Learn WordPress basics.
Get WordPress as a gzipped tar file and decompress it.
cd ~/temp wget https://wordpress.org/latest.tar.gz tar -xzvf latest.tar.gz
If you need to install PHP:
sudo apt-get install php libapache2-mod-php php-mcrypt php-mysql sudo systemctl restart apache2
Some special PHP extensions can optionally be installed this way:
sudo apt-get install php-curl php-gd php-mbstring php-mcrypt php-xml php-xmlrpc sudo systemctl restart apache2
Set up WordPress Directory
Make your own copy of the WordPress config file and set the permissions for the WordPress content directory. Later you may want to tighten these permissions, but it is simplest to make it possible to write to these directories during development.
cd wordpress cp wp-config-sample.php wp-config.php sudo chown -R www-data:www-data wp-content/ cd ..
Set Up WordPress Database
There are a number of ways to create the wordpress datbase in MySQL. The simplest might be to run a few lines that lines that let you manipulate the database without ever having to launch the mysql front end. Note however, that you might need to specify a particular user other than root and a particular password orther than foobar:
mysql -u root -p -e 'create database wordpress;' mysql -u root -p -e 'GRANT ALL PRIVILEGES ON wordpress.* TO "root"@"localhost" IDENTIFIED BY "foobar";' mysql -u root -p -e 'FLUSH PRIVILEGES;' mysql -u root -p -e 'use wordpress; show grants for 'root'@'localhost';'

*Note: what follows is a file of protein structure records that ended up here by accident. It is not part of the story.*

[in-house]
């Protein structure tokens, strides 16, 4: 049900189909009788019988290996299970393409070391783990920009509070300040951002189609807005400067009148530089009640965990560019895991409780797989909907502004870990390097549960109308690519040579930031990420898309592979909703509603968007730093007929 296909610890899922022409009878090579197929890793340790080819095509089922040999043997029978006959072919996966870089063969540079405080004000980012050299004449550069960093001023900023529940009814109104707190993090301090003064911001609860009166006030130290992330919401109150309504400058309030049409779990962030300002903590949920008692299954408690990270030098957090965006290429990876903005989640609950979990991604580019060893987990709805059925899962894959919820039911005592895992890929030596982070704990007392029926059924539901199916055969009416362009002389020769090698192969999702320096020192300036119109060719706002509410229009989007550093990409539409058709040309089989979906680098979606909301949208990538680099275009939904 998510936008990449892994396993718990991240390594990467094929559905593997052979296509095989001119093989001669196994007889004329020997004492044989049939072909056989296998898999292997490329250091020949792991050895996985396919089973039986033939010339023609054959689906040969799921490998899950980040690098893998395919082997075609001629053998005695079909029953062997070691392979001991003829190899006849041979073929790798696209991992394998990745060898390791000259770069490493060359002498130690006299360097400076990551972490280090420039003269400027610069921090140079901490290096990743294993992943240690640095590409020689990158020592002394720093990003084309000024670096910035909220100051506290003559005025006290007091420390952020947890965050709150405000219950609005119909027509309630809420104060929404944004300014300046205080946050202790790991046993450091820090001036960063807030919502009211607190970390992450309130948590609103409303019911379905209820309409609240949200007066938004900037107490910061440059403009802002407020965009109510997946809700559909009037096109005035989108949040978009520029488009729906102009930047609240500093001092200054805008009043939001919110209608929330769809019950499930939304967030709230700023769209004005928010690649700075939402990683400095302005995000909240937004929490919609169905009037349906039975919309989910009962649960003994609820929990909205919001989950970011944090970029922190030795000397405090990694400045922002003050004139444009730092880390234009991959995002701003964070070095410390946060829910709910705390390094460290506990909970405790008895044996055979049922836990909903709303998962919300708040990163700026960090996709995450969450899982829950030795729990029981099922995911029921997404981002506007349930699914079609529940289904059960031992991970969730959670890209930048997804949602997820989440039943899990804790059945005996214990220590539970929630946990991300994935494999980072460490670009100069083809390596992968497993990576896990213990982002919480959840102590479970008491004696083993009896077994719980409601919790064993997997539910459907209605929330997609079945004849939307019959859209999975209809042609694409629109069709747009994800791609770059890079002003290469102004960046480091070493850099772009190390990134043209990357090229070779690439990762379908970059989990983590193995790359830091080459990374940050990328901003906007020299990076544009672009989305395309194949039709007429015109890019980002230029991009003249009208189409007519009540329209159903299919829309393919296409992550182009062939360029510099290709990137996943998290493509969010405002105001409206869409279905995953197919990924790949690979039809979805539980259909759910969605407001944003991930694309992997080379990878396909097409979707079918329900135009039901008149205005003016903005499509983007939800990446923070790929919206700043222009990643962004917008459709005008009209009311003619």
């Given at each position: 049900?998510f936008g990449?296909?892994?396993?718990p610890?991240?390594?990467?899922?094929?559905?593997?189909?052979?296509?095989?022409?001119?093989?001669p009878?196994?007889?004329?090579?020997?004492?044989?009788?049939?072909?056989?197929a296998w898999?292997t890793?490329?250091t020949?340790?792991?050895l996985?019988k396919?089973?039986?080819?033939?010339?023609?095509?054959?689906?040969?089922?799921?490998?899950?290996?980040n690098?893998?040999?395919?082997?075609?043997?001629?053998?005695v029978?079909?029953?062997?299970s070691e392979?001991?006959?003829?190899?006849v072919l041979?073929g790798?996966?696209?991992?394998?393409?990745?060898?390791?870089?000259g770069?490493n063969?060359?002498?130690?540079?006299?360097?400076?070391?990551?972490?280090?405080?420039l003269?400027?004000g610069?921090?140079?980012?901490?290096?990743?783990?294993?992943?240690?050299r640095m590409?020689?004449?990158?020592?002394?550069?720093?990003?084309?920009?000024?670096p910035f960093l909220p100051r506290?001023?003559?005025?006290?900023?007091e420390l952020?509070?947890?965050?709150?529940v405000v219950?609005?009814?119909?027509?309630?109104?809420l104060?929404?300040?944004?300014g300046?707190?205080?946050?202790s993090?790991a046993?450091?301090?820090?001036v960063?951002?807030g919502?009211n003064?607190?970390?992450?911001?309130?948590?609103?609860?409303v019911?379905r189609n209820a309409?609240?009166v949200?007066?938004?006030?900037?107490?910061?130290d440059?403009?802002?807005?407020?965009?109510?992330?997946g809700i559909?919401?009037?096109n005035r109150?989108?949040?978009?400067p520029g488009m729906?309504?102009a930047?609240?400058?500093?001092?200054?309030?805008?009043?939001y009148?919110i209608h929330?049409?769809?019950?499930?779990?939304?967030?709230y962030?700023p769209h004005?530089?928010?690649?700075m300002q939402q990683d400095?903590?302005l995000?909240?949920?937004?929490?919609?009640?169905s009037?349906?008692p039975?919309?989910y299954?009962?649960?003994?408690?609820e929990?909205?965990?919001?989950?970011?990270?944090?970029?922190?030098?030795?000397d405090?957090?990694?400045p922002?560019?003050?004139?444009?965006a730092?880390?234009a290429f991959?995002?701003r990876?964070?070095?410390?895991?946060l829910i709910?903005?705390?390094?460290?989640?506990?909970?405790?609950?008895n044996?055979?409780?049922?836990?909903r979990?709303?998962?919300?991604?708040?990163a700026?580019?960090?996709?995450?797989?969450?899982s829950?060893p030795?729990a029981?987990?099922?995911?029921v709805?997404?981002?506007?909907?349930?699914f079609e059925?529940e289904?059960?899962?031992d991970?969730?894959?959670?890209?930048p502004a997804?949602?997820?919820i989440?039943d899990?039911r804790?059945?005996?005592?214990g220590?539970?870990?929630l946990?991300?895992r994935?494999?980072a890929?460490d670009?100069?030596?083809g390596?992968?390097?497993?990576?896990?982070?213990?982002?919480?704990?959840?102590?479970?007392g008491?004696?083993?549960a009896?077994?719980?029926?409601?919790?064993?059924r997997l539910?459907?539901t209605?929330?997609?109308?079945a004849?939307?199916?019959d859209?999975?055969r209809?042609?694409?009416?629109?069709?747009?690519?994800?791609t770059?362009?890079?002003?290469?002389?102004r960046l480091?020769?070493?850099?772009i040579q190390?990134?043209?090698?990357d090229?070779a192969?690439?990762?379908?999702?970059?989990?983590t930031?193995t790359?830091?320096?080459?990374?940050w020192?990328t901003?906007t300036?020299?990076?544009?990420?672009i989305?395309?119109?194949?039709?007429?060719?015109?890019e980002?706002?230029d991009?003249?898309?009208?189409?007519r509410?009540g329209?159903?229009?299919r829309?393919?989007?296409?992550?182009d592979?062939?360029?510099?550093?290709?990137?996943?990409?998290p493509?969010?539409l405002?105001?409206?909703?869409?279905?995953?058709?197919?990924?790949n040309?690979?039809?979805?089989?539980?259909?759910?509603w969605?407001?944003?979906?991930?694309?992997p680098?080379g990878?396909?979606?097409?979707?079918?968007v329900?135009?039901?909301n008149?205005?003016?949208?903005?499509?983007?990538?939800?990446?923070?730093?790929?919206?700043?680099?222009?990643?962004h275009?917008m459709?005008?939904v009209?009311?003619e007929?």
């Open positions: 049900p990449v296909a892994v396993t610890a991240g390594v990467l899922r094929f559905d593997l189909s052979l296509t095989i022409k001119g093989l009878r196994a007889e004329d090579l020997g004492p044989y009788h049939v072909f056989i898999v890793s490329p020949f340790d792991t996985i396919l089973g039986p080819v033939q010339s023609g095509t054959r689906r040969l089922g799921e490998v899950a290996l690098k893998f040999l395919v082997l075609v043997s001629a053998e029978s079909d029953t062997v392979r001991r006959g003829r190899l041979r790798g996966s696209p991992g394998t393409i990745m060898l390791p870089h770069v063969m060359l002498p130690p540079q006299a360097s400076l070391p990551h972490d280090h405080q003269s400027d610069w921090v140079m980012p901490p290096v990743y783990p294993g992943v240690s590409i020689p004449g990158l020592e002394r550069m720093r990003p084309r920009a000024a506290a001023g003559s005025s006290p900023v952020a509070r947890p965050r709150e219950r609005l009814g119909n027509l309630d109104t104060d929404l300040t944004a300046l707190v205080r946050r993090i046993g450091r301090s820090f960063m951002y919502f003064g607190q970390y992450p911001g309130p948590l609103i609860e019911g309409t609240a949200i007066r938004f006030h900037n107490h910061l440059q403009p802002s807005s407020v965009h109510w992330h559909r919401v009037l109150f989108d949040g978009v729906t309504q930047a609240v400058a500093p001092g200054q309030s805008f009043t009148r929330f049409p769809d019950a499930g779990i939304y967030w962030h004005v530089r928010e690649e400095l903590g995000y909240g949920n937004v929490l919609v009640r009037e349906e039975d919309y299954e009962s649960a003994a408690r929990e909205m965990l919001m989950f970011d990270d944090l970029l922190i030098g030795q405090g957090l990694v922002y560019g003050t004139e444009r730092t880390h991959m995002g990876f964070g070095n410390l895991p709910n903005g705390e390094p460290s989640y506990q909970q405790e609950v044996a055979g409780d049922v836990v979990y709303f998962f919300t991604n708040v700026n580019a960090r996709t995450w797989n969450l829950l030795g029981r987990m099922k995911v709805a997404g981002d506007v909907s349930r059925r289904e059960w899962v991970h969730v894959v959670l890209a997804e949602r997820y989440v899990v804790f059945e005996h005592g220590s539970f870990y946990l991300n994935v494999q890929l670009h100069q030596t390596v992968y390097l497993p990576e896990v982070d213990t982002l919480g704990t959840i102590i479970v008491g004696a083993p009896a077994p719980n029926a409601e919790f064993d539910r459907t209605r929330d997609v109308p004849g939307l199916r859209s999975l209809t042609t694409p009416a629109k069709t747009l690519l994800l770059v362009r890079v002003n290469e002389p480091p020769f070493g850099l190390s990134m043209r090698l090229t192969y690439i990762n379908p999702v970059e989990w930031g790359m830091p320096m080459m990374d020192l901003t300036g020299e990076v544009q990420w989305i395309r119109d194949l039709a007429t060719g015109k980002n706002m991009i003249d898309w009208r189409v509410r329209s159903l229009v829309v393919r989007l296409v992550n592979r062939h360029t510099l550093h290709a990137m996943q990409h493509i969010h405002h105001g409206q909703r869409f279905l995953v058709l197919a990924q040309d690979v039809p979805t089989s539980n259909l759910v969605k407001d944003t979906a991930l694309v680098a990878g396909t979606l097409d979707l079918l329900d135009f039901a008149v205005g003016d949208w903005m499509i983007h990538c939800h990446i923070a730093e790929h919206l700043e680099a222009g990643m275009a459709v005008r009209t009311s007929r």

You will need to edit this section of wp-config.php:
/** The name of the database for WordPress */ define('DB_NAME', 'database_name_here'); /** MySQL database username */ define('DB_USER', 'username_here'); /** MySQL database password */ define('DB_PASSWORD', 'password_here'); /** MySQL hostname */ define('DB_HOST', 'localhost');
You will need to fill in the first three fields. We can leave DB_HOST at localhost, at least for now.
The following simple script can help you automate the process, though you may need to change the DATA_OWNER and DATA_PASSWORD. Run the script from the WordPress directory. That is, run it from the same directory where wp-config.php is located.
#! /bin/bash WORDPRESS_DIR=wordpress WORDPRESS_DATA_OWNER=root WORDPRESS_DATA_PASSWORD=foobar sed -i -- 's/database_name_here/'$WORDPRESS_DIR'/' wp-config.php sed -i -- 's/username_here/'$WORDPRESS_DATA_OWNER'/' wp-config.php sed -i -- 's/password_here/'$WORDPRESS_DATA_PASSWORD'/' wp-config.php
Also change the secure key by going here: https://api.wordpress.org/secret-key/1.1/salt/
Move the WordPress folder to /var/www/html:
cd ~/temp mv wordpress /var/www/html/.
Browse to http://localhost/wordpress/wp-admin
Or if you did the setup on a remote machine then do something like this:
I think it is fairly obvious how to step through the single configuration page you see when you first load the admin page. After you fill out the simple form, then begin editing your WordPress posts.
Set the site title to ‘prog270-lastname’
Set the user name to your first name or something you will remember.
You don’t have to use the password that they use especially locally. But when we put on EC2, do pick a good password. Something that can’t be easily broken.
Now that you have it running locally, let’s move the whole thing to EC2
Turn it in
Send me the URL that points to your instance of WordPress running on EC2.
Very out of date information is here:
Here is a description of how to change the password:
Remember, that if you change it you have to change the password in wp-config.php.
I followed these instructions:. Choose this from the menu:
|Appearance||Themes||Site Identitry||Site Icon|
And I uploaded a 512-512 PNG file.